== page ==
Mithila Jugulam, PhD
3703 Throckmorton PSC
1712 Claflin St
Manhattan, KS 66506
Dr. Mithila Jugulam originally comes from India where she obtained her B.S and M.S degrees in Agriculture. She then worked as an ARS-Scientist with Indian Council of Agricultural Research (ICAR) for several years. She joined KSU in 2011 to accept research and teaching responsibilities in Weed Physiology. Before coming to KSU, she has worked for several years as a Postdoctoral Research Associate at the University of Guelph in Canada. She has also received a Ph.D. from the University of Guelph in 2004 in Weed Science.
Research programs of the weed physiology laboratory in the Agronomy Department encompass weed problems in crop and rangeland systems emphasizing herbicide mode of action and fate of herbicides in plants and the environment. Specifically, the research is focused in the area of herbicide resistance including mechanisms and inheritance of herbicide resistance in weeds, the effect of elevated temperature on herbicide efficacy and identification of sources of herbicide tolerance in crops.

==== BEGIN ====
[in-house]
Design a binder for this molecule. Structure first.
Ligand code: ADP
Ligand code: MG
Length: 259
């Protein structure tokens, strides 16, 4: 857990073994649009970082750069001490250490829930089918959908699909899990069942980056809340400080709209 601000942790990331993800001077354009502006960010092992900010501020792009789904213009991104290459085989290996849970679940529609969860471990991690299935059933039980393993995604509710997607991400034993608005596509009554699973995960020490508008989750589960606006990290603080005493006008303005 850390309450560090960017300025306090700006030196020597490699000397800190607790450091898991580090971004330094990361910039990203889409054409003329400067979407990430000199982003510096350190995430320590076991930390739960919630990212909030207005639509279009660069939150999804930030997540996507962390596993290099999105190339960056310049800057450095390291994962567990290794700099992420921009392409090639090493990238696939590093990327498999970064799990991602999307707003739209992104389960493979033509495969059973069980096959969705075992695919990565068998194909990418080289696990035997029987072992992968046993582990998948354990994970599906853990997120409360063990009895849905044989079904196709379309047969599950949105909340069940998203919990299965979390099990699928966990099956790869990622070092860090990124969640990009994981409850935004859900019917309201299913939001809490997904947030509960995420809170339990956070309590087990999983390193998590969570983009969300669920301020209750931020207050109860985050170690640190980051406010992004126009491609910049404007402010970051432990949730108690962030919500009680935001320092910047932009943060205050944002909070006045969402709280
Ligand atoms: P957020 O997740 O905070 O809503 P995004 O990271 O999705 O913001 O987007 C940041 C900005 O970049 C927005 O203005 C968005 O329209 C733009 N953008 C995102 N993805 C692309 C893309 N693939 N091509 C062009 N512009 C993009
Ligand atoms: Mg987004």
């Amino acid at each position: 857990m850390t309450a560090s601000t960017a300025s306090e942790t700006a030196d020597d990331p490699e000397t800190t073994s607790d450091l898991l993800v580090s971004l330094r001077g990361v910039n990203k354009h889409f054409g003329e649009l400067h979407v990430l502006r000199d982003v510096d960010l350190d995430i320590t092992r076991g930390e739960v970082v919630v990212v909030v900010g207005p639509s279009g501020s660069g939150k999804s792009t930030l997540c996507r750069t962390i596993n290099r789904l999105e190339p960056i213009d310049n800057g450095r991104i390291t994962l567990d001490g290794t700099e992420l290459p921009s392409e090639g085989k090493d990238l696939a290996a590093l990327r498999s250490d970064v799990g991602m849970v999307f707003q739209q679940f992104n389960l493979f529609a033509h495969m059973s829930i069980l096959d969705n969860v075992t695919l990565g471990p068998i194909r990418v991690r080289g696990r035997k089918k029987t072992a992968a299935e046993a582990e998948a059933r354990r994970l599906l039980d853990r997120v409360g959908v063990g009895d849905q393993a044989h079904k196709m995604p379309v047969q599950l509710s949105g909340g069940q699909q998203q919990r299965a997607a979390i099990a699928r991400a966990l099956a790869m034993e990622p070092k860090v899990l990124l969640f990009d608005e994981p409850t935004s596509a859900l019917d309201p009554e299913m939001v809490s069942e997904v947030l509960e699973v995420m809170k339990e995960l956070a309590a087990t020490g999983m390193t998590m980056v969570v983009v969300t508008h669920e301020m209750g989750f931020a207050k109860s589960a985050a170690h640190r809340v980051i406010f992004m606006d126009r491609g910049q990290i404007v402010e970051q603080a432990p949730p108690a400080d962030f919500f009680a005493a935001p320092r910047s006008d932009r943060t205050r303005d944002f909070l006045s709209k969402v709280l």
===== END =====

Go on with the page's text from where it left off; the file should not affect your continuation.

Since childhood, Dr. Jugulam has been a nature lover especially intrigued to know how plants can do some processes that are not possible by animals and hence she chose a career in plant science. She considers herself very fortunate to have had several opportunities to explore some intricate details of plant growth and development and also interact with eminent scientists in this exciting field.
- Ph.D. Weed Science, University of Guelph, Canada
- M.S. Plant Breeding and Genetics, Tamil Nadu Agricultural University, India
- B.S. Agriculture, Andhra Pradesh Agricultural University, India
Jugulam Lab in the Department of Agronomy, Kansas State University focuses on a variety of research programs in weed science including:
- Understand the physiological, biochemical, genetic and molecular mechanisms of herbicide resistance in weeds
- Investigation of the effect of elevated temperature on herbicide efficacy
- Identification of sources of herbicide tolerance in crops